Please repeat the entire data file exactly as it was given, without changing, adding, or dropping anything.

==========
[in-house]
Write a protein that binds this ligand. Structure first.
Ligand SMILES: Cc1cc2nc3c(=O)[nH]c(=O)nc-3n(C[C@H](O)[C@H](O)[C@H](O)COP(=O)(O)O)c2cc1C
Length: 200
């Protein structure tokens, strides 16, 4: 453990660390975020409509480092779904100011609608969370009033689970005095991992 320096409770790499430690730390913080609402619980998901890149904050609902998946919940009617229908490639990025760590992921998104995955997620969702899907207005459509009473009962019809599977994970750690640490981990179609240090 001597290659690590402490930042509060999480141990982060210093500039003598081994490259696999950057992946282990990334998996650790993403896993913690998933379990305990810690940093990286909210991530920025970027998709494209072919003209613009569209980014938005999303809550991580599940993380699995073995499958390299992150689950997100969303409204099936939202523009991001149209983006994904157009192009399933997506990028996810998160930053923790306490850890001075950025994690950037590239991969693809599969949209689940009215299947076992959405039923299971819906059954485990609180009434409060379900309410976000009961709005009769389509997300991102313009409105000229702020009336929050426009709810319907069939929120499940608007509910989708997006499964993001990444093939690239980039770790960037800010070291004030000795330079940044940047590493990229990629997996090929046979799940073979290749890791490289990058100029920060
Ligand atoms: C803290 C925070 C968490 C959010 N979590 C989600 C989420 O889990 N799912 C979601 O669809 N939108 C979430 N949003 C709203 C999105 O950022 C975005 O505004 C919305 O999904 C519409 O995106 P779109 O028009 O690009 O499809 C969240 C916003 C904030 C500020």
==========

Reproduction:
[in-house]
Write a protein that binds this ligand. Structure first.
Ligand SMILES: Cc1cc2nc3c(=O)[nH]c(=O)nc-3n(C[C@H](O)[C@H](O)[C@H](O)COP(=O)(O)O)c2cc1C
Length: 200
């Protein structure tokens, strides 16, 4: 453990660390975020409509480092779904100011609608969370009033689970005095991992 320096409770790499430690730390913080609402619980998901890149904050609902998946919940009617229908490639990025760590992921998104995955997620969702899907207005459509009473009962019809599977994970750690640490981990179609240090 001597290659690590402490930042509060999480141990982060210093500039003598081994490259696999950057992946282990990334998996650790993403896993913690998933379990305990810690940093990286909210991530920025970027998709494209072919003209613009569209980014938005999303809550991580599940993380699995073995499958390299992150689950997100969303409204099936939202523009991001149209983006994904157009192009399933997506990028996810998160930053923790306490850890001075950025994690950037590239991969693809599969949209689940009215299947076992959405039923299971819906059954485990609180009434409060379900309410976000009961709005009769389509997300991102313009409105000229702020009336929050426009709810319907069939929120499940608007509910989708997006499964993001990444093939690239980039770790960037800010070291004030000795330079940044940047590493990229990629997996090929046979799940073979290749890791490289990058100029920060
Ligand atoms: C803290 C925070 C968490 C959010 N979590 C989600 C989420 O889990 N799912 C979601 O669809 N939108 C979430 N949003 C709203 C999105 O950022 C975005 O505004 C919305 O999904 C519409 O995106 P779109 O028009 O690009 O499809 C969240 C916003 C904030 C500020």